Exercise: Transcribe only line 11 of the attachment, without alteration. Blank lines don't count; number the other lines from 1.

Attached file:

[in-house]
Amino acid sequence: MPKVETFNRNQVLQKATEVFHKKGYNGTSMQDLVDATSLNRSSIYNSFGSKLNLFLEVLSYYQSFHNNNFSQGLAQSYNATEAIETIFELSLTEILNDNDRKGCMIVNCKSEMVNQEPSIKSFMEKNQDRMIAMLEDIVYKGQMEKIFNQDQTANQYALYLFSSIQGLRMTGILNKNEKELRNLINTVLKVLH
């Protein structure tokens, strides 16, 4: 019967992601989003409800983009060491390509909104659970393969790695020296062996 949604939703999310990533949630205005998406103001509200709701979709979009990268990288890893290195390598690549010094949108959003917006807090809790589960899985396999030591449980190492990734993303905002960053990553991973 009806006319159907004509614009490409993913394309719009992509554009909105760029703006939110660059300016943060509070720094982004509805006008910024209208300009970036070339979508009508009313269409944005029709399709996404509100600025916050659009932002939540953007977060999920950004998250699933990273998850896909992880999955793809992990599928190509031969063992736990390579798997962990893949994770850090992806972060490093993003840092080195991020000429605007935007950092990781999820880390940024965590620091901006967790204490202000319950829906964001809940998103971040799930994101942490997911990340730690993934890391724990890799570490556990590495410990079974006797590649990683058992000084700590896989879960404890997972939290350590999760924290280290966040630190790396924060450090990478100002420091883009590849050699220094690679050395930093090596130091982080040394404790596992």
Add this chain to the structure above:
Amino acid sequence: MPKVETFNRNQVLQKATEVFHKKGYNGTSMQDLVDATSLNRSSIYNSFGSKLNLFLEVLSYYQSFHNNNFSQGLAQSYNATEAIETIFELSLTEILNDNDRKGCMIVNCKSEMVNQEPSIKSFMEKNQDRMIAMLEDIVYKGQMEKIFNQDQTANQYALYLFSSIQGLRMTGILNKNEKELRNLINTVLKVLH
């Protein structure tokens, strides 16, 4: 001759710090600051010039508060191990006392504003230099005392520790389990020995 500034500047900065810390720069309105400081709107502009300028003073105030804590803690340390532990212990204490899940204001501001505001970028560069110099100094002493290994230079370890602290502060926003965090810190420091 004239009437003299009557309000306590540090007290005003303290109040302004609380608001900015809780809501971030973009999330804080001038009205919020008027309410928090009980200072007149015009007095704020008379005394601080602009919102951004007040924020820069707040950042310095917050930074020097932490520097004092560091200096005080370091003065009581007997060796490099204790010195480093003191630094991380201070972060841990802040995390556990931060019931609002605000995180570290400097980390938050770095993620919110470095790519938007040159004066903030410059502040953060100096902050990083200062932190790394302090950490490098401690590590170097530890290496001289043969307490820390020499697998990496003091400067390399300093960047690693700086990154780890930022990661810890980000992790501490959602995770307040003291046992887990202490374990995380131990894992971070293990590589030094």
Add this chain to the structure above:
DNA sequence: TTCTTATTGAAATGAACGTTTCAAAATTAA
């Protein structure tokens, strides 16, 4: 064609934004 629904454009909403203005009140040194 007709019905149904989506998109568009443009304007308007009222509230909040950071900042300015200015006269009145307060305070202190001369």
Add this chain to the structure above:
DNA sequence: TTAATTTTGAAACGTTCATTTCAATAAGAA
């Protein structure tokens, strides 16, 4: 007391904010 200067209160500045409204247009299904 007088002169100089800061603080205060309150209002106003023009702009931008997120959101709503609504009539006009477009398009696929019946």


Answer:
DNA sequence: TTAATTTTGAAACGTTCATTTCAATAAGAA